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Thursday, April 6, 2000

limits approved
by Senate panel

By Crystal Kua


You will still be able to eat shark fin soup without fear of prosecution in Hawaii, but removing a fin before the shark is brought to shore whole will be prohibited under a bill that has cleared a final committee.

Legislature 2000 The Senate Water, Land and Hawaiian Affairs Committee yesterday unanimously approved a bill that would ban shark-finning -- the practice of cutting off fins of sharks -- by Hawaii-based fishing boats.

"This will make it very clear that within our territorial waters you cannot fin without landing the shark whole," committee Chairwoman Colleen Hanabusa said.

Violators could be fined up to $15,000.

The bill now goes to the Senate for a vote.

A similar bill died last session, but Rep. Brian Schatz (D, Makiki), who introduced the bill, said the measure now appears to be on its way to becoming law.

Schatz said that is because there are enough votes to pass the bill in the Senate, and the House will agree to changes made to the bill in the Senate because Schatz helped to draft the amendments. He also expects the governor to sign the bill once it clears the Legislature.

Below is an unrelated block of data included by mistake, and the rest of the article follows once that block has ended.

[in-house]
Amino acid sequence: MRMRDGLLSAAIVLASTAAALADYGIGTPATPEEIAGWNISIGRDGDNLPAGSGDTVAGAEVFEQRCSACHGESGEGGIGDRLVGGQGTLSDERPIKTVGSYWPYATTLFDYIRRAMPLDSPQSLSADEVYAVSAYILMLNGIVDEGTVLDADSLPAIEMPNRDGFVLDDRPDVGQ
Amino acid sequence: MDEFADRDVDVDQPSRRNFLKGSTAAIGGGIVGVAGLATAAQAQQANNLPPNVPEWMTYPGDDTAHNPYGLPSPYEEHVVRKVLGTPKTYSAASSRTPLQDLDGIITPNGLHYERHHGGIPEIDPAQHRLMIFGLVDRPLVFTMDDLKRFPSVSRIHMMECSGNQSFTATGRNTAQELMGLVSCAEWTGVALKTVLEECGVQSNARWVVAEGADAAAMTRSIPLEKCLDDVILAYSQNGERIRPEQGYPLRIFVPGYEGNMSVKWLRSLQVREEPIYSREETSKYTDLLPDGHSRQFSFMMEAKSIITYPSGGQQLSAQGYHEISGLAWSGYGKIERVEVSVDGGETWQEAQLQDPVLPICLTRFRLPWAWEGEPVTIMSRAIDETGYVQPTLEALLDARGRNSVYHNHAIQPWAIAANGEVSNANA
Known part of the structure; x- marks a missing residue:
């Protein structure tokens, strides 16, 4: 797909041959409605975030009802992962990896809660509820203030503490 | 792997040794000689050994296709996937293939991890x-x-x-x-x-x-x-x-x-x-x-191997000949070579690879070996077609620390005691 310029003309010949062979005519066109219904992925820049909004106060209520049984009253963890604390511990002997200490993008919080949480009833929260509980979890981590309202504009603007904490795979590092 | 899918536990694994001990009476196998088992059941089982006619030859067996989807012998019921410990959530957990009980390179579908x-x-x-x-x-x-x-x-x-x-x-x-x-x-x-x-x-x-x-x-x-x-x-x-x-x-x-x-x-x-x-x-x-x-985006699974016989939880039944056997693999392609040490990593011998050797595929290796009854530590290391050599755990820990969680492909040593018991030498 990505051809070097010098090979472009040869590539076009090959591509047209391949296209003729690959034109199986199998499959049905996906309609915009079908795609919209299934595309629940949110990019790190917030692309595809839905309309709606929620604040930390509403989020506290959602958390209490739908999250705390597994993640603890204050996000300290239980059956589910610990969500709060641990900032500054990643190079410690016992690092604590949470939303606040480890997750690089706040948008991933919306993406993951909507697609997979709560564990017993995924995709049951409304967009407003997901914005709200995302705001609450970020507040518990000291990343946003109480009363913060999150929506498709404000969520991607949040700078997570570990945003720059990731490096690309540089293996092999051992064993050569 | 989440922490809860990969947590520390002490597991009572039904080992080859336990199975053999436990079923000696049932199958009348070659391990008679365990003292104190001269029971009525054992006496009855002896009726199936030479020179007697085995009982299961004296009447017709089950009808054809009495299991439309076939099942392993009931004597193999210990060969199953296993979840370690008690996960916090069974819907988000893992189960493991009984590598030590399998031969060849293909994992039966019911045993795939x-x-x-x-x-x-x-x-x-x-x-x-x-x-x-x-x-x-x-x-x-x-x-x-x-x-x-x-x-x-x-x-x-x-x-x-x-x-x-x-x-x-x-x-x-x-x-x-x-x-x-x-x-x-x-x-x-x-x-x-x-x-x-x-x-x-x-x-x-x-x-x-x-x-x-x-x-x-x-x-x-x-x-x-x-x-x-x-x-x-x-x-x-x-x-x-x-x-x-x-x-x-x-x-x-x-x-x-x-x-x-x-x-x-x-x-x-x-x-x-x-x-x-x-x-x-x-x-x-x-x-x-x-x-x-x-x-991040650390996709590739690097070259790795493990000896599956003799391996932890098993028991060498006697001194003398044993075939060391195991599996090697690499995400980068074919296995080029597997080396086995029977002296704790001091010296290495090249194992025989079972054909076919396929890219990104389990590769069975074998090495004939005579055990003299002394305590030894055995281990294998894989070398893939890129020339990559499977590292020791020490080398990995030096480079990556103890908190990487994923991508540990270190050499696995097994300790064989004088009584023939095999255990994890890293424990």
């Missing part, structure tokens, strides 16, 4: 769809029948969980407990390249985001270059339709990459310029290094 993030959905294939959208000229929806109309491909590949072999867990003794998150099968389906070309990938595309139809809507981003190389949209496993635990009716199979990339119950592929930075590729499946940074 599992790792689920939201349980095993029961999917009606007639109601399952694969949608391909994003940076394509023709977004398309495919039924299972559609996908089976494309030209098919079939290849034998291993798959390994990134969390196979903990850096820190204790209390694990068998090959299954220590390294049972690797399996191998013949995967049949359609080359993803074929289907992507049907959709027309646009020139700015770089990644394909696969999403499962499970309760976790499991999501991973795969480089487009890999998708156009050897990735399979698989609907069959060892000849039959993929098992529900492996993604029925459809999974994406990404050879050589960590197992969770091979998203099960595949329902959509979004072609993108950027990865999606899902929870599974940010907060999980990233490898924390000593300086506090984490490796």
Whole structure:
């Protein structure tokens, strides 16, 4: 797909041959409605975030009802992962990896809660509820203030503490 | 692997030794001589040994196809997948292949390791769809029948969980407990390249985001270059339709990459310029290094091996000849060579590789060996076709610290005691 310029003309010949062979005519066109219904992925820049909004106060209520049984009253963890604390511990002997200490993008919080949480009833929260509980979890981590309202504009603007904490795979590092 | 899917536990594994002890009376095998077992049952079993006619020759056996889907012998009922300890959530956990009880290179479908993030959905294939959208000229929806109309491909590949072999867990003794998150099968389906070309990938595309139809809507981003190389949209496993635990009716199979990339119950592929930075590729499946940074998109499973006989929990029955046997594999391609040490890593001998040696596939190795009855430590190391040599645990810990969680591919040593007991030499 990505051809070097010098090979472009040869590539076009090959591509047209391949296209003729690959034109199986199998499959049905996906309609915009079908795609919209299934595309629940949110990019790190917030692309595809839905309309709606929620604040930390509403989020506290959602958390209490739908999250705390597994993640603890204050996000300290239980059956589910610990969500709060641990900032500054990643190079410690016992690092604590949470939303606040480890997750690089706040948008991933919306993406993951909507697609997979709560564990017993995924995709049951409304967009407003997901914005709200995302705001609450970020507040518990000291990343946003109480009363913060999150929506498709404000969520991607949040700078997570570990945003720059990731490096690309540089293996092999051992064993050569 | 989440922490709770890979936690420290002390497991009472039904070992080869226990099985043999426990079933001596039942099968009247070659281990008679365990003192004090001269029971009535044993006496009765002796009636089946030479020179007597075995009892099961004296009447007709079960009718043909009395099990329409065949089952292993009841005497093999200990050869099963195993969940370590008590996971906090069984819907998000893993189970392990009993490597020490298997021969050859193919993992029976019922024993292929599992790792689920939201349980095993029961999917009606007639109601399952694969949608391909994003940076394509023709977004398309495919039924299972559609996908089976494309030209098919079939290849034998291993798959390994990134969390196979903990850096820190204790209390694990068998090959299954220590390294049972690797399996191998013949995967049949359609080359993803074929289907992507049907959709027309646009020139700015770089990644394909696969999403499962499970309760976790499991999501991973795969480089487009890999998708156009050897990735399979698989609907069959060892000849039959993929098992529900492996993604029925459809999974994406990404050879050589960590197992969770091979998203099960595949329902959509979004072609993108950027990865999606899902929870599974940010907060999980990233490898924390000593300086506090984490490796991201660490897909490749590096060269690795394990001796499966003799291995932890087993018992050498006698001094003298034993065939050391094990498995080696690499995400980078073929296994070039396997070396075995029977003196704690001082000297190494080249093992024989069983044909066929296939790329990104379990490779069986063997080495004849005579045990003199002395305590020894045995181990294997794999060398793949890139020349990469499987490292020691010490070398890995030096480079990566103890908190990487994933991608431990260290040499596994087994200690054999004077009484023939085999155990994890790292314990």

Opponents of shark-finning say the practice of throwing the shark overboard after it has been finned is wasteful and cruel.

Proponents of finning do not consider it wasteful to discard the carcass because most of the shark's flesh is inedible.

During a hearing on the bill earlier in the week, the Chinese Chamber of Commerce and other groups representing the local Chinese community expressed concern that buying shark fins in stores to make shark fin soup would be illegal under the bill.

But the bill was changed yesterday so that consumers and restaurateurs would not be penalized, Hanabusa said.

"What we are trying to do is prevent the plundering of our resources, and not the eating of shark fin soup," Schatz said. "The amendments clarify that."

The Western Pacific Regional Fishery Management Council, which earlier this year voted in favor of allowing the finning of up to 50,000 blue sharks a year, wanted the committee to amend the bill to deal with sharks caught only in state waters or up to three miles offshore.

Hanabusa said that as long as there is no federally approved fisheries plan in place, the state law would apply to Hawaii-registered vessels even beyond the three-mile limit. If such a plan is eventually approved and the plan conflicts with state law, the law would apply to state waters.

Schatz said he is happy with the outcome and is glad that the Legislature has acted on the measure.

"I think it's testimony to how public input can affect policy-making," Schatz said.

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